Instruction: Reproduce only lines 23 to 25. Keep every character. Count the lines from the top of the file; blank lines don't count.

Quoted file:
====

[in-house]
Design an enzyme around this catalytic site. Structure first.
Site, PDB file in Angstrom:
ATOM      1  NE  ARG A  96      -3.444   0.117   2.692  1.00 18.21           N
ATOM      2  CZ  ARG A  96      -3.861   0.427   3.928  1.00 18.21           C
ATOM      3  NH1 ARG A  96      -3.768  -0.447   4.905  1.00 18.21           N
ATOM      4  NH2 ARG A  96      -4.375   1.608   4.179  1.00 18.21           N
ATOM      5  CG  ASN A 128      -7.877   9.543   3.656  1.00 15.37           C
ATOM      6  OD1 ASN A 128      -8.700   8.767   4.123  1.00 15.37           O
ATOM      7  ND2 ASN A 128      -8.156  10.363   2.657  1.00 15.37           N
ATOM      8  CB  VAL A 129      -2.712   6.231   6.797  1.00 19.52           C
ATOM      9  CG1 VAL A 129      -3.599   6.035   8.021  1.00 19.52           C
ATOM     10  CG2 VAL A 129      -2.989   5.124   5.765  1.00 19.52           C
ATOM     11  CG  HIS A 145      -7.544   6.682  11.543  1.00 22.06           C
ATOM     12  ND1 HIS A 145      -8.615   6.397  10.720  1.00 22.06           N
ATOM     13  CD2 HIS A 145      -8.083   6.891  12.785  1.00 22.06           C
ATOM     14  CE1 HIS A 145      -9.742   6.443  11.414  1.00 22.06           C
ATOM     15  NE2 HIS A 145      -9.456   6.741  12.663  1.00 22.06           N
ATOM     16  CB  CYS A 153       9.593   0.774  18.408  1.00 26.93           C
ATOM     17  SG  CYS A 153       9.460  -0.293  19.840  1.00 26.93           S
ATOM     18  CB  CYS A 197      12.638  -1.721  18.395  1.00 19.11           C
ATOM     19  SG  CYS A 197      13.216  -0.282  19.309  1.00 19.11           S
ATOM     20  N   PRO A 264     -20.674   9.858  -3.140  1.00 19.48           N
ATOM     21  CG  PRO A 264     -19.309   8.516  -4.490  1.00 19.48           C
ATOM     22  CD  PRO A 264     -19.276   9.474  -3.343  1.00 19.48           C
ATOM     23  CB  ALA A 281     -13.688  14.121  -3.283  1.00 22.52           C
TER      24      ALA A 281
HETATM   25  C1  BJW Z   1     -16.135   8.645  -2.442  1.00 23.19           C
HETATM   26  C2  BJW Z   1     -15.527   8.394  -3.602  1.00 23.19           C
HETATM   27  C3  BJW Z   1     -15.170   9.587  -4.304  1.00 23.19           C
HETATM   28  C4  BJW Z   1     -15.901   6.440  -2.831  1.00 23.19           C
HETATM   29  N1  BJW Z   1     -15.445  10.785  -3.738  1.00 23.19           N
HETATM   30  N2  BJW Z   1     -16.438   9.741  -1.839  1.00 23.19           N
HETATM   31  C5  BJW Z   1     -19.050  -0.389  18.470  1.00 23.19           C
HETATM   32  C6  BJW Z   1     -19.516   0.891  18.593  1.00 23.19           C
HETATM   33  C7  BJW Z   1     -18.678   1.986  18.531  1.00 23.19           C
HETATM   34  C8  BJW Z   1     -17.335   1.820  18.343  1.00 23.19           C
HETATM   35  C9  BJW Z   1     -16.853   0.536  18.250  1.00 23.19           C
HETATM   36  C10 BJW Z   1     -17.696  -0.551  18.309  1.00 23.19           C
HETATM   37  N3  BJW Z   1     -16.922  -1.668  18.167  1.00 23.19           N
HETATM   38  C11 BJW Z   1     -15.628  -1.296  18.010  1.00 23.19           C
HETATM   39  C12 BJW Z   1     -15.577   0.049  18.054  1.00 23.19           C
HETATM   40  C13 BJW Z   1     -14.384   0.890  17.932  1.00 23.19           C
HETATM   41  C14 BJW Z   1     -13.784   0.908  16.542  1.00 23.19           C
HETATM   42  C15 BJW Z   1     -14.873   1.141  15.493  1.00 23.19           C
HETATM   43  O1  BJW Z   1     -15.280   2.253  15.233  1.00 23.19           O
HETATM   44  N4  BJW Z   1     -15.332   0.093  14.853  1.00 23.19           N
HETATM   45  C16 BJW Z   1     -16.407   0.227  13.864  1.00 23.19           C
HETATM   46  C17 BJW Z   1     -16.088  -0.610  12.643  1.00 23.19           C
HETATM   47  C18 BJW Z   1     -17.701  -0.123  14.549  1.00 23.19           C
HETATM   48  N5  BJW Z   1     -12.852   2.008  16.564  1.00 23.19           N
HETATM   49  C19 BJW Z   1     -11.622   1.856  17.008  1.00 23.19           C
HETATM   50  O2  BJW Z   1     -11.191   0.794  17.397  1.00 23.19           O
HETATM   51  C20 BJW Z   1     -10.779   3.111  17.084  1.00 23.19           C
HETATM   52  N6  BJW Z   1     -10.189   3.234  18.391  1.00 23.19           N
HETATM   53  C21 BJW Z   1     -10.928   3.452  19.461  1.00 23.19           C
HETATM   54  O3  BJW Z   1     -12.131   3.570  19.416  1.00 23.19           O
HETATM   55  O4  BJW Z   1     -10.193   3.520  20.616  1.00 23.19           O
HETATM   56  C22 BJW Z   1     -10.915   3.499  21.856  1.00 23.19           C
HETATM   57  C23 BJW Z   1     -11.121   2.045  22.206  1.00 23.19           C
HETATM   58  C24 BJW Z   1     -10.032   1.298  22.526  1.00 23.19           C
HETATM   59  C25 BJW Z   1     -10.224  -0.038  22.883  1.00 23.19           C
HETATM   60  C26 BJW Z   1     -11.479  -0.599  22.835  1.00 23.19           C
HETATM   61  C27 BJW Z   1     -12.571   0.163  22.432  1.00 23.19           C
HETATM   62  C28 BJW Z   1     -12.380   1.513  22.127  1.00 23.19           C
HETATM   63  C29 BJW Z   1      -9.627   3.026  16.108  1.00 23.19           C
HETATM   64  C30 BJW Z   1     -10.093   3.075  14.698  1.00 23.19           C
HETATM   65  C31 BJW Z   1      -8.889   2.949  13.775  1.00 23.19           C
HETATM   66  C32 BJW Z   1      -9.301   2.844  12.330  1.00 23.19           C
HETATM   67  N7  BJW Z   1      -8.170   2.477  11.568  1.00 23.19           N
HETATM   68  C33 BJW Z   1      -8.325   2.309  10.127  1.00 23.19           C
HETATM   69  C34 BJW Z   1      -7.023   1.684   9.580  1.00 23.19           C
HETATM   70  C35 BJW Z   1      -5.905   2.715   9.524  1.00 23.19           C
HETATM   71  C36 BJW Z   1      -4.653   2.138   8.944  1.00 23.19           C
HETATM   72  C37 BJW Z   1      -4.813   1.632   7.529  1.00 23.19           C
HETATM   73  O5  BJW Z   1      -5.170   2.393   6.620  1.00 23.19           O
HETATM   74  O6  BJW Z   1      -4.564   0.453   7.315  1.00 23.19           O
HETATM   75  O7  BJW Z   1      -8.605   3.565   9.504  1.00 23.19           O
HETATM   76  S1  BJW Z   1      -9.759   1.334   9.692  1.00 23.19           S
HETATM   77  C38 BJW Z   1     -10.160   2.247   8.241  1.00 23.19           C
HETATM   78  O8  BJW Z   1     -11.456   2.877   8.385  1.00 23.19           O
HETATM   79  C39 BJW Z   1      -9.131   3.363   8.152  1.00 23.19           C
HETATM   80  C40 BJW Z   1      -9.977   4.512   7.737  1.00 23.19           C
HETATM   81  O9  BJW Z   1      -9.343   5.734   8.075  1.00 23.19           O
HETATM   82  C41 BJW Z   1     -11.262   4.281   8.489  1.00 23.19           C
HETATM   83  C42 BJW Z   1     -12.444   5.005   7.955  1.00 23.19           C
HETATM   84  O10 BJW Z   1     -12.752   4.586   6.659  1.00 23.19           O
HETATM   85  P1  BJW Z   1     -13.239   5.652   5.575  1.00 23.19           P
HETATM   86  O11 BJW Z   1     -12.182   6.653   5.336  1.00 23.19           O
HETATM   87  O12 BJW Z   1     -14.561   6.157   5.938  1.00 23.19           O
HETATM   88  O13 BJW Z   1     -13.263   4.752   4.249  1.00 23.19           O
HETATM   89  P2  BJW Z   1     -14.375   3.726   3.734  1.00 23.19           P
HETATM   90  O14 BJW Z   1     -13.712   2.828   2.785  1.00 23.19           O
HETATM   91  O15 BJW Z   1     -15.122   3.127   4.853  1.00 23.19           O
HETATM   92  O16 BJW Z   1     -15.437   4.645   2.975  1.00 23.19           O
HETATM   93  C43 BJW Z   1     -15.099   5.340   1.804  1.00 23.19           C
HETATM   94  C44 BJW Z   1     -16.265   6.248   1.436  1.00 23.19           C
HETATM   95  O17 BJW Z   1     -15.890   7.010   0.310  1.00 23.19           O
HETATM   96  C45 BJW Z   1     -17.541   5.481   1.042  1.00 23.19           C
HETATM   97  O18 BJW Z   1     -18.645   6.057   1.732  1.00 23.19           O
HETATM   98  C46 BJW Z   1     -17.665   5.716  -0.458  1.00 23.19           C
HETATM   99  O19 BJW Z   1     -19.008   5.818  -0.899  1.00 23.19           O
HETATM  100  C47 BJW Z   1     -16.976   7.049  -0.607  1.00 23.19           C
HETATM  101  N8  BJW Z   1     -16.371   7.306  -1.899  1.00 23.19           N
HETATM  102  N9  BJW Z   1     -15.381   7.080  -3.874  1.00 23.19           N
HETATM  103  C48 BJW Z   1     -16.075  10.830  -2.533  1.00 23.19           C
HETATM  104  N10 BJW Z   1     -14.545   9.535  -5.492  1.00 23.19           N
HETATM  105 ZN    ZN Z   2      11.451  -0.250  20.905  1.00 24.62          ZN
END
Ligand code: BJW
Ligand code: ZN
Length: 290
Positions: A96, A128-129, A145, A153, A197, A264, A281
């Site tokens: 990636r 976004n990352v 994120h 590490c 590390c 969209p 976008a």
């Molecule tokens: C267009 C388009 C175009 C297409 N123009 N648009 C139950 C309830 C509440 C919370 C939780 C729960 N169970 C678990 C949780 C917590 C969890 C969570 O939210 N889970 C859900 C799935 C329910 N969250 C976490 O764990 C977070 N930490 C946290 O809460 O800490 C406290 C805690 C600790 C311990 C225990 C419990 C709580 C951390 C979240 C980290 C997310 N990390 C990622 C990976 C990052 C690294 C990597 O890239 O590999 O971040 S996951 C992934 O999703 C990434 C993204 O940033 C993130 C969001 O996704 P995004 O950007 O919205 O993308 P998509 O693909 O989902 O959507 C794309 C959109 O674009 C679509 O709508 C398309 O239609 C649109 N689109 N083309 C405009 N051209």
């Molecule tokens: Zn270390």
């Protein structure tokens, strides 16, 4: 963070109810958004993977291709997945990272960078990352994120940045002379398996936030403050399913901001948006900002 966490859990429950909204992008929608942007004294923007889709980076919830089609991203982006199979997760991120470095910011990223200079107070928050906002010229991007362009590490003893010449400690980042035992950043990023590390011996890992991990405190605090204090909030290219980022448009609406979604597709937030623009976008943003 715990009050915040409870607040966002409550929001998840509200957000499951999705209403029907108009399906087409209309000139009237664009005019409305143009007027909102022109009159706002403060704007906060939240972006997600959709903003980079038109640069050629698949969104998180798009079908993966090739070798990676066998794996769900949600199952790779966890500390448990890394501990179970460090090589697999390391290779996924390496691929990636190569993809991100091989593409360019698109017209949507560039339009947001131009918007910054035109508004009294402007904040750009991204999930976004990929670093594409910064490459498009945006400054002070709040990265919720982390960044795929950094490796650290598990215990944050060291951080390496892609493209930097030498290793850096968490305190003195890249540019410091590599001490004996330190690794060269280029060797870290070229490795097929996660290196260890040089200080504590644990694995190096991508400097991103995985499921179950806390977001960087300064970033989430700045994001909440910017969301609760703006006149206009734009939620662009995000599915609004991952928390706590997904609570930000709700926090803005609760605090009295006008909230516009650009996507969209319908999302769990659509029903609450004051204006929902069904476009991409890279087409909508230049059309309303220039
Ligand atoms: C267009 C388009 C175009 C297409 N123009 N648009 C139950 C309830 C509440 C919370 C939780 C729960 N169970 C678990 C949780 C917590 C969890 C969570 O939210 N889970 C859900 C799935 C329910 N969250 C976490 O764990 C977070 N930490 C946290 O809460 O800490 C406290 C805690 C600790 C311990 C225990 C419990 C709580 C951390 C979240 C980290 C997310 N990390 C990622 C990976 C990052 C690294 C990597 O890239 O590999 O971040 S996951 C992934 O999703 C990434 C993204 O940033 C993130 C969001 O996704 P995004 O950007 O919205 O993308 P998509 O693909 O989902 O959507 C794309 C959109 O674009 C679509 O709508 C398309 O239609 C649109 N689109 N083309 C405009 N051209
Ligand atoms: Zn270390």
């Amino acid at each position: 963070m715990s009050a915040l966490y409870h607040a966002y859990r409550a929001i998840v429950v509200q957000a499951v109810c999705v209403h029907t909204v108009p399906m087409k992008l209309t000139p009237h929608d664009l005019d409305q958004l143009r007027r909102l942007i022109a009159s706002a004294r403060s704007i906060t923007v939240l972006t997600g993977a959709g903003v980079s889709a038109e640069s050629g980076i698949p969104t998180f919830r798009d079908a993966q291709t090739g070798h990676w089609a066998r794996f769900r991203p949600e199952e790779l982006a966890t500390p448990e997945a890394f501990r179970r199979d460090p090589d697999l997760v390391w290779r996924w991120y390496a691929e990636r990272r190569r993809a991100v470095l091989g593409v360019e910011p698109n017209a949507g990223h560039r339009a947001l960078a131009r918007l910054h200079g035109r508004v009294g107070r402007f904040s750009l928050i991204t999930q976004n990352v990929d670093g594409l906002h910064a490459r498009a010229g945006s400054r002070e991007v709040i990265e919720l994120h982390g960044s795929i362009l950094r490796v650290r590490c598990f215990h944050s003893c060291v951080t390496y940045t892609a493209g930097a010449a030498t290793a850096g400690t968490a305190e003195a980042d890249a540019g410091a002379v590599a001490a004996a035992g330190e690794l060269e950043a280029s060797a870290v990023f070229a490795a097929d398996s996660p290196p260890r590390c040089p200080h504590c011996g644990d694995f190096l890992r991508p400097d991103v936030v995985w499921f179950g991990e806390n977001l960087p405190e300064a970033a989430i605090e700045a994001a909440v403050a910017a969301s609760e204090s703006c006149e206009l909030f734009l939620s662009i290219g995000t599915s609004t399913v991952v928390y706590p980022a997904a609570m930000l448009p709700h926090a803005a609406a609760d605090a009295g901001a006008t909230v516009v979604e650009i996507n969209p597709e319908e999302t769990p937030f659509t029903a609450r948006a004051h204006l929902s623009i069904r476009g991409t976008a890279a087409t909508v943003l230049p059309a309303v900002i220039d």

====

ATOM     20  N   PRO A 264     -20.674   9.858  -3.140  1.00 19.48           N
ATOM     21  CG  PRO A 264     -19.309   8.516  -4.490  1.00 19.48           C
ATOM     22  CD  PRO A 264     -19.276   9.474  -3.343  1.00 19.48           C